Cholecystitis is inflammation of the gallbladder. It is often called a gallbladder attack. The gallbladder is a pear-shaped organ that lies beneath the liver on the right side of the body. The gallbladder stores bile, which is a fluid that helps the body to digest fats. If bile builds up in your gallbladder, your gallbladder becomes inflamed. This condition may occur suddenly (be acute). Repeat episodes of acute cholecystitis or prolonged episodes may lead to a long-term (chronic) condition. Cholecystitis is serious and it requires treatment.


What are the causes?

The most common cause of this condition is gallstones. Gallstones can block the tube (duct) that carries bile out of your gallbladder. This causes bile to build up. Other causes of this condition include:

  • Damage to the gallbladder due to a decrease in blood flow.
  • Infections in the bile ducts.
  • Scars or kinks in the bile ducts.
  • Tumors in the liver, pancreas, or gallbladder.

What increases the risk?

This condition is more likely to develop in:

  • People who have sickle cell disease.
  • People who take birth control pills or use estrogen.
  • People who have alcoholic liver disease.
  • People who have liver cirrhosis.
  • People who have their nutrition delivered through a vein (parenteral nutrition).
  • People who do not eat or drink (do fasting) for a long period of time.
  • People who are obese.
  • People who have rapid weight loss.
  • People who are pregnant.
  • People who have increased triglyceride levels.
  • People who have pancreatitis.

What are the signs or symptoms?

Symptoms of this condition include:

  • Abdominal pain, especially in the upper right area of the abdomen.
  • Abdominal tenderness or bloating.
  • Nausea.
  • Vomiting.
  • Fever.
  • Chills.
  • Yellowing of the skin and the whites of the eyes (jaundice).

How is this diagnosed?

This condition is diagnosed with a medical history and physical exam. You may also have other tests, including:

  • Imaging tests, such as:
    • An ultrasound of the gallbladder.
    • A CT scan of the abdomen.
    • A gallbladder nuclear scan (HIDA scan). This scan allows your health care provider to see the bile moving from your liver to your gallbladder and to your small intestine.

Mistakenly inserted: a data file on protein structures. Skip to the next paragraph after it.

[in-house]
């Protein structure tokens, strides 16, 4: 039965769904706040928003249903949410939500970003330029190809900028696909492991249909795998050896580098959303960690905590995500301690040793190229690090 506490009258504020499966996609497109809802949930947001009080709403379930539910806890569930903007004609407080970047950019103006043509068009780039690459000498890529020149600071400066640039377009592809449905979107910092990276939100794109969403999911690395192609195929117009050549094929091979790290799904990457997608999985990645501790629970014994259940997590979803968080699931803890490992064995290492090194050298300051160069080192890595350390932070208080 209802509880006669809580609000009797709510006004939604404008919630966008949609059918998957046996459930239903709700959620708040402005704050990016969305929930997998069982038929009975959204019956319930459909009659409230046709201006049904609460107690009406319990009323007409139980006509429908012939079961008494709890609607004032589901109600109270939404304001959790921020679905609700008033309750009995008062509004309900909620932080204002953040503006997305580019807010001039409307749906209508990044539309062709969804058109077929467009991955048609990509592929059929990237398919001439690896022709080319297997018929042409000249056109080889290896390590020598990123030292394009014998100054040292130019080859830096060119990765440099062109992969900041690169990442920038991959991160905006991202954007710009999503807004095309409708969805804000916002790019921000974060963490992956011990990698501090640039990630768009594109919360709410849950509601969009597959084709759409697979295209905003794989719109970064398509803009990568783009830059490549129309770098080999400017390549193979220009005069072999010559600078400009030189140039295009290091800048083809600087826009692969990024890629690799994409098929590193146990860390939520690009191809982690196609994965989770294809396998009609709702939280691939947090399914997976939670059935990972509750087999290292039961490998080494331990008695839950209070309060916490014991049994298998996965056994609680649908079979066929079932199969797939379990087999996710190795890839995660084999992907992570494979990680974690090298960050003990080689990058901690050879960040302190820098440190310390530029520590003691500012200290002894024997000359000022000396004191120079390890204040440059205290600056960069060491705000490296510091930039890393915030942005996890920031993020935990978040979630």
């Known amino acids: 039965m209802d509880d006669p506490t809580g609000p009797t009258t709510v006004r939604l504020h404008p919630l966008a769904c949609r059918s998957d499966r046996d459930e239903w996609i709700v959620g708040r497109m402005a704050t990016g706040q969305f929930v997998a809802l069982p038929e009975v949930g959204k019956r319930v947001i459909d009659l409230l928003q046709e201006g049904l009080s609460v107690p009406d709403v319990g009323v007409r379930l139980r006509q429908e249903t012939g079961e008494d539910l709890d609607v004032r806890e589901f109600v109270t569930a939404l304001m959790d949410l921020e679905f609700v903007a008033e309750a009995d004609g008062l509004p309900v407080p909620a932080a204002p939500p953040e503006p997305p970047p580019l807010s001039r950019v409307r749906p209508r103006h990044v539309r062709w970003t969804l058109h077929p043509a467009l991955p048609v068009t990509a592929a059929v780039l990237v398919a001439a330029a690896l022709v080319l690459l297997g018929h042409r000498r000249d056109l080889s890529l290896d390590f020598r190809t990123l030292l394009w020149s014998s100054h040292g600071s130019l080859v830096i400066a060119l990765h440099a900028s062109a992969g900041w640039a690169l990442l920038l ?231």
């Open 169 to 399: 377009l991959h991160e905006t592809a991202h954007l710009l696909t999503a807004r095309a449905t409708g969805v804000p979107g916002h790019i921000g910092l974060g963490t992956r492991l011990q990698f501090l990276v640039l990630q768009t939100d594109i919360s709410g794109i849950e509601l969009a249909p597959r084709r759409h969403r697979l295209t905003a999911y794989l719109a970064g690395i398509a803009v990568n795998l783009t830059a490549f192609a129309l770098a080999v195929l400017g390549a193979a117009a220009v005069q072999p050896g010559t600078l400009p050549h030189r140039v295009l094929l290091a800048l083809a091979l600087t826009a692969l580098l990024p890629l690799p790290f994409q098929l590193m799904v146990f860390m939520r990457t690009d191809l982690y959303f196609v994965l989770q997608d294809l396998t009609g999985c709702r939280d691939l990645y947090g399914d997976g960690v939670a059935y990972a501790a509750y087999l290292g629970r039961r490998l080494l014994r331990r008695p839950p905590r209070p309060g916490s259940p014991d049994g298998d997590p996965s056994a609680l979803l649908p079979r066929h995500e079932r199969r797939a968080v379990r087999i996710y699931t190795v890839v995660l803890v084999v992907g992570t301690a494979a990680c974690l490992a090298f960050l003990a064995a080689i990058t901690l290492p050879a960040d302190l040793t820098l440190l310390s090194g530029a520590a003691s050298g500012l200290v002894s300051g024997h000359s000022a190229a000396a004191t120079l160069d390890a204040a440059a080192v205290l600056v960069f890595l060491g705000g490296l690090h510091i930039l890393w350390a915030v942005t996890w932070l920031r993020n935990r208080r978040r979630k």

• MRI.
  • Blood tests, such as:
    • A complete blood count, because the white blood cell count may be higher than normal.
    • Liver function tests, because some levels may be higher than normal with certain types of gallstones.

How is this treated?

Treatment may include:

  • Fasting for a certain amount of time.
  • IV fluids.
  • Medicine to treat pain or vomiting.
  • Antibiotic medicine.
  • Surgery to remove your gallbladder (cholecystectomy). This may happen immediately or at a later time.

Follow these instructions at home:

Home care will depend on your treatment. In general:

  • Take over-the-counter and prescription medicines only as told by your health care provider.
  • If you were prescribed an antibiotic medicine, take it as told by your health care provider. Do not stop taking the antibiotic even if you start to feel better.
  • Follow instructions from your health care provider about what to eat or drink. When you are allowed to eat, avoid eating or drinking anything that triggers your symptoms.
  • Keep all follow-up visits as told by your health care provider. This is important.

Contact a health care provider if:

  • Your pain is not controlled with medicine.
  • You have a fever.

Get help right away if:

  • Your pain moves to another part of your abdomen or to your back.
  • You continue to have symptoms or you develop new symptoms even with treatment.

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